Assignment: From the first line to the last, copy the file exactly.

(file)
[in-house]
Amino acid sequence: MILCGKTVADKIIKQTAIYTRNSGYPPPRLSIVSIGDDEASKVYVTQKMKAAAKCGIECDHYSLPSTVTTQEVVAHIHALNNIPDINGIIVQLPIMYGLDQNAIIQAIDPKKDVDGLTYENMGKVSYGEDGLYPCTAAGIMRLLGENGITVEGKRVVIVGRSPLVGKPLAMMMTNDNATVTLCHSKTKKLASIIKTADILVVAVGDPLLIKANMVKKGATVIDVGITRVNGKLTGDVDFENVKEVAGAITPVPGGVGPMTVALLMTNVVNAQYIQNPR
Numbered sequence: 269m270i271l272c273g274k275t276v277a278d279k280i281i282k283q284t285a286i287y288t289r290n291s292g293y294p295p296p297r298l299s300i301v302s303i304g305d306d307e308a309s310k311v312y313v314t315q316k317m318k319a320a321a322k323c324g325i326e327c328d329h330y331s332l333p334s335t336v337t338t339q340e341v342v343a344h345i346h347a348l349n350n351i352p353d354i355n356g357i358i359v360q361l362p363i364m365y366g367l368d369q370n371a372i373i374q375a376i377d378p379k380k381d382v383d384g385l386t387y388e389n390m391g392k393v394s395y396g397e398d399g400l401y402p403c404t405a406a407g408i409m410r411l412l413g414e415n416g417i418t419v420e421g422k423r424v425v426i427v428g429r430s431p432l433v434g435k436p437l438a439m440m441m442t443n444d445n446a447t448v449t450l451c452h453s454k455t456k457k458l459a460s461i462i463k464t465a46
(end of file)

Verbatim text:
[in-house]
Amino acid sequence: MILCGKTVADKIIKQTAIYTRNSGYPPPRLSIVSIGDDEASKVYVTQKMKAAAKCGIECDHYSLPSTVTTQEVVAHIHALNNIPDINGIIVQLPIMYGLDQNAIIQAIDPKKDVDGLTYENMGKVSYGEDGLYPCTAAGIMRLLGENGITVEGKRVVIVGRSPLVGKPLAMMMTNDNATVTLCHSKTKKLASIIKTADILVVAVGDPLLIKANMVKKGATVIDVGITRVNGKLTGDVDFENVKEVAGAITPVPGGVGPMTVALLMTNVVNAQYIQNPR
Numbered sequence: 269m270i271l272c273g274k275t276v277a278d279k280i281i282k283q284t285a286i287y288t289r290n291s292g293y294p295p296p297r298l299s300i301v302s303i304g305d306d307e308a309s310k311v312y313v314t315q316k317m318k319a320a321a322k323c324g325i326e327c328d329h330y331s332l333p334s335t336v337t338t339q340e341v342v343a344h345i346h347a348l349n350n351i352p353d354i355n356g357i358i359v360q361l362p363i364m365y366g367l368d369q370n371a372i373i374q375a376i377d378p379k380k381d382v383d384g385l386t387y388e389n390m391g392k393v394s395y396g397e398d399g400l401y402p403c404t405a406a407g408i409m410r411l412l413g414e415n416g417i418t419v420e421g422k423r424v425v426i427v428g429r430s431p432l433v434g435k436p437l438a439m440m441m442t443n444d445n446a447t448v449t450l451c452h453s454k455t456k457k458l459a460s461i462i463k464t465a46